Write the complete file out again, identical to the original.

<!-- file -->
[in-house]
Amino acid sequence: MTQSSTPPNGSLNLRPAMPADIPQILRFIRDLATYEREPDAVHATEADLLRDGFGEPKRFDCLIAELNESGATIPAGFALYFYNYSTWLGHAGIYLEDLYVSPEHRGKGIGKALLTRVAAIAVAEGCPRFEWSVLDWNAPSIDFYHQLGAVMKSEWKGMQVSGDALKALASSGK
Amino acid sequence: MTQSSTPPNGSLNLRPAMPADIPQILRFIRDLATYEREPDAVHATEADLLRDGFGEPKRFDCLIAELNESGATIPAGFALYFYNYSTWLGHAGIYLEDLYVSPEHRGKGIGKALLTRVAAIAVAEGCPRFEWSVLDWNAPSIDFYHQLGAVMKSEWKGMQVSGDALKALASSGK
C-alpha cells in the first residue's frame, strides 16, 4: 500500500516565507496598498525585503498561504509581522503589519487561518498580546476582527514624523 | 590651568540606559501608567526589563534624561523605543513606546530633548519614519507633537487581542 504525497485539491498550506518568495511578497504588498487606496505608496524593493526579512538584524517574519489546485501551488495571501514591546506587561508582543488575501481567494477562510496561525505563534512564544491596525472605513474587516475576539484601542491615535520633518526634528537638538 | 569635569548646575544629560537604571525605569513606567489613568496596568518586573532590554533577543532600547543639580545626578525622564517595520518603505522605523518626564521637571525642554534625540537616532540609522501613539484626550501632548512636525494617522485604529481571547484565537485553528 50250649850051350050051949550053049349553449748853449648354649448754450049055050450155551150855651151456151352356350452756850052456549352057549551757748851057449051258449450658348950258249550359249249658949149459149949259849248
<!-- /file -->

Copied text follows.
[in-house]
Amino acid sequence: MTQSSTPPNGSLNLRPAMPADIPQILRFIRDLATYEREPDAVHATEADLLRDGFGEPKRFDCLIAELNESGATIPAGFALYFYNYSTWLGHAGIYLEDLYVSPEHRGKGIGKALLTRVAAIAVAEGCPRFEWSVLDWNAPSIDFYHQLGAVMKSEWKGMQVSGDALKALASSGK
Amino acid sequence: MTQSSTPPNGSLNLRPAMPADIPQILRFIRDLATYEREPDAVHATEADLLRDGFGEPKRFDCLIAELNESGATIPAGFALYFYNYSTWLGHAGIYLEDLYVSPEHRGKGIGKALLTRVAAIAVAEGCPRFEWSVLDWNAPSIDFYHQLGAVMKSEWKGMQVSGDALKALASSGK
C-alpha cells in the first residue's frame, strides 16, 4: 500500500516565507496598498525585503498561504509581522503589519487561518498580546476582527514624523 | 590651568540606559501608567526589563534624561523605543513606546530633548519614519507633537487581542 504525497485539491498550506518568495511578497504588498487606496505608496524593493526579512538584524517574519489546485501551488495571501514591546506587561508582543488575501481567494477562510496561525505563534512564544491596525472605513474587516475576539484601542491615535520633518526634528537638538 | 569635569548646575544629560537604571525605569513606567489613568496596568518586573532590554533577543532600547543639580545626578525622564517595520518603505522605523518626564521637571525642554534625540537616532540609522501613539484626550501632548512636525494617522485604529481571547484565537485553528 50250649850051350050051949550053049349553449748853449648354649448754450049055050450155551150855651151456151352356350452756850052456549352057549551757748851057449051258449450658348950258249550359249249658949149459149949259849248